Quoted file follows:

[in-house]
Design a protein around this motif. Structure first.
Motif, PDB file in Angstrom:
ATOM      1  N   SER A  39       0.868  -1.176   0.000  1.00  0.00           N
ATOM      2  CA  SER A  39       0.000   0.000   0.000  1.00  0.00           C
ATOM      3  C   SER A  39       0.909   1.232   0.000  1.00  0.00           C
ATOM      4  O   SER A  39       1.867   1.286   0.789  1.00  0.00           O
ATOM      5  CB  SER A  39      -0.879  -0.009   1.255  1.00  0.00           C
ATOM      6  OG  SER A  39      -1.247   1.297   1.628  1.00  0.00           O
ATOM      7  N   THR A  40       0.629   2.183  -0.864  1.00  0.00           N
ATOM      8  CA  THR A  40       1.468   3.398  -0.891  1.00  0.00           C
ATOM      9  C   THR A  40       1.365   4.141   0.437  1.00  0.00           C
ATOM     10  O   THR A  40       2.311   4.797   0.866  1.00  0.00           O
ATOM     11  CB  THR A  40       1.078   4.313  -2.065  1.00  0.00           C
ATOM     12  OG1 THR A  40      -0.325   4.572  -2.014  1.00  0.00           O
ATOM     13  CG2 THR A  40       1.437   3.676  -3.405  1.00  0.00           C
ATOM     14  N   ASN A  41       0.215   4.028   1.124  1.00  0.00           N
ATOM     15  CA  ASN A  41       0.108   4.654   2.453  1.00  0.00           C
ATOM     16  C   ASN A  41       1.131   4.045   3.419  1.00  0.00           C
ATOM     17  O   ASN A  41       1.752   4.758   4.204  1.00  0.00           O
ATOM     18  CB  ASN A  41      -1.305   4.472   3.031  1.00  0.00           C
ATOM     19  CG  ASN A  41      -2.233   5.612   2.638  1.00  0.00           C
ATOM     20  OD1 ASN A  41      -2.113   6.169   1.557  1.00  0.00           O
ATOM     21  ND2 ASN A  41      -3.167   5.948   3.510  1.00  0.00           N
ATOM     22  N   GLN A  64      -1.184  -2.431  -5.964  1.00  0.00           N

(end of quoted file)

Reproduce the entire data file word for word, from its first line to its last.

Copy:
[in-house]
Design a protein around this motif. Structure first.
Motif, PDB file in Angstrom:
ATOM      1  N   SER A  39       0.868  -1.176   0.000  1.00  0.00           N
ATOM      2  CA  SER A  39       0.000   0.000   0.000  1.00  0.00           C
ATOM      3  C   SER A  39       0.909   1.232   0.000  1.00  0.00           C
ATOM      4  O   SER A  39       1.867   1.286   0.789  1.00  0.00           O
ATOM      5  CB  SER A  39      -0.879  -0.009   1.255  1.00  0.00           C
ATOM      6  OG  SER A  39      -1.247   1.297   1.628  1.00  0.00           O
ATOM      7  N   THR A  40       0.629   2.183  -0.864  1.00  0.00           N
ATOM      8  CA  THR A  40       1.468   3.398  -0.891  1.00  0.00           C
ATOM      9  C   THR A  40       1.365   4.141   0.437  1.00  0.00           C
ATOM     10  O   THR A  40       2.311   4.797   0.866  1.00  0.00           O
ATOM     11  CB  THR A  40       1.078   4.313  -2.065  1.00  0.00           C
ATOM     12  OG1 THR A  40      -0.325   4.572  -2.014  1.00  0.00           O
ATOM     13  CG2 THR A  40       1.437   3.676  -3.405  1.00  0.00           C
ATOM     14  N   ASN A  41       0.215   4.028   1.124  1.00  0.00           N
ATOM     15  CA  ASN A  41       0.108   4.654   2.453  1.00  0.00           C
ATOM     16  C   ASN A  41       1.131   4.045   3.419  1.00  0.00           C
ATOM     17  O   ASN A  41       1.752   4.758   4.204  1.00  0.00           O
ATOM     18  CB  ASN A  41      -1.305   4.472   3.031  1.00  0.00           C
ATOM     19  CG  ASN A  41      -2.233   5.612   2.638  1.00  0.00           C
ATOM     20  OD1 ASN A  41      -2.113   6.169   1.557  1.00  0.00           O
ATOM     21  ND2 ASN A  41      -3.167   5.948   3.510  1.00  0.00           N
ATOM     22  N   GLN A  64      -1.184  -2.431  -5.964  1.00  0.00           N